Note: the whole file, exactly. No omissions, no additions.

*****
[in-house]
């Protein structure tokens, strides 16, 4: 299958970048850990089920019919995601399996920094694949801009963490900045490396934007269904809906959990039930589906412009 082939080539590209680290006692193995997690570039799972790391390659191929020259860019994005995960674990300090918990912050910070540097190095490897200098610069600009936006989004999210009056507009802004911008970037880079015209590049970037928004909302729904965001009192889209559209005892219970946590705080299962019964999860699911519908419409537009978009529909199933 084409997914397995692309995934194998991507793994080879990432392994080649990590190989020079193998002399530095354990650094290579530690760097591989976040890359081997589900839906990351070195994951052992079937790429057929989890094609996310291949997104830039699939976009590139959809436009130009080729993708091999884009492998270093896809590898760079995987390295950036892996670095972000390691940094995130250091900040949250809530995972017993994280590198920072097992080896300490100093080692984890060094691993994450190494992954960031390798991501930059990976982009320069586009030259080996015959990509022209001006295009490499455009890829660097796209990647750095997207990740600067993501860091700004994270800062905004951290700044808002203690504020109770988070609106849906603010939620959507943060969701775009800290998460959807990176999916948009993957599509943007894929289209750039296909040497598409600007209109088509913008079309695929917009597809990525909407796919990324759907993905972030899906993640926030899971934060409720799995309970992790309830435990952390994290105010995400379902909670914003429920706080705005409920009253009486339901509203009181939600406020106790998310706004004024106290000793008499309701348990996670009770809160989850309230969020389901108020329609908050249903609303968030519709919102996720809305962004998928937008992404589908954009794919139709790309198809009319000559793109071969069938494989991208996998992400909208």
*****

[in-house]
């Protein structure tokens, strides 16, 4: 299958970048850990089920019919995601399996920094694949801009963490900045490396934007269904809906959990039930589906412009 082939080539590209680290006692193995997690570039799972790391390659191929020259860019994005995960674990300090918990912050910070540097190095490897200098610069600009936006989004999210009056507009802004911008970037880079015209590049970037928004909302729904965001009192889209559209005892219970946590705080299962019964999860699911519908419409537009978009529909199933 084409997914397995692309995934194998991507793994080879990432392994080649990590190989020079193998002399530095354990650094290579530690760097591989976040890359081997589900839906990351070195994951052992079937790429057929989890094609996310291949997104830039699939976009590139959809436009130009080729993708091999884009492998270093896809590898760079995987390295950036892996670095972000390691940094995130250091900040949250809530995972017993994280590198920072097992080896300490100093080692984890060094691993994450190494992954960031390798991501930059990976982009320069586009030259080996015959990509022209001006295009490499455009890829660097796209990647750095997207990740600067993501860091700004994270800062905004951290700044808002203690504020109770988070609106849906603010939620959507943060969701775009800290998460959807990176999916948009993957599509943007894929289209750039296909040497598409600007209109088509913008079309695929917009597809990525909407796919990324759907993905972030899906993640926030899971934060409720799995309970992790309830435990952390994290105010995400379902909670914003429920706080705005409920009253009486339901509203009181939600406020106790998310706004004024106290000793008499309701348990996670009770809160989850309230969020389901108020329609908050249903609303968030519709919102996720809305962004998928937008992404589908954009794919139709790309198809009319000559793109071969069938494989991208996998992400909208």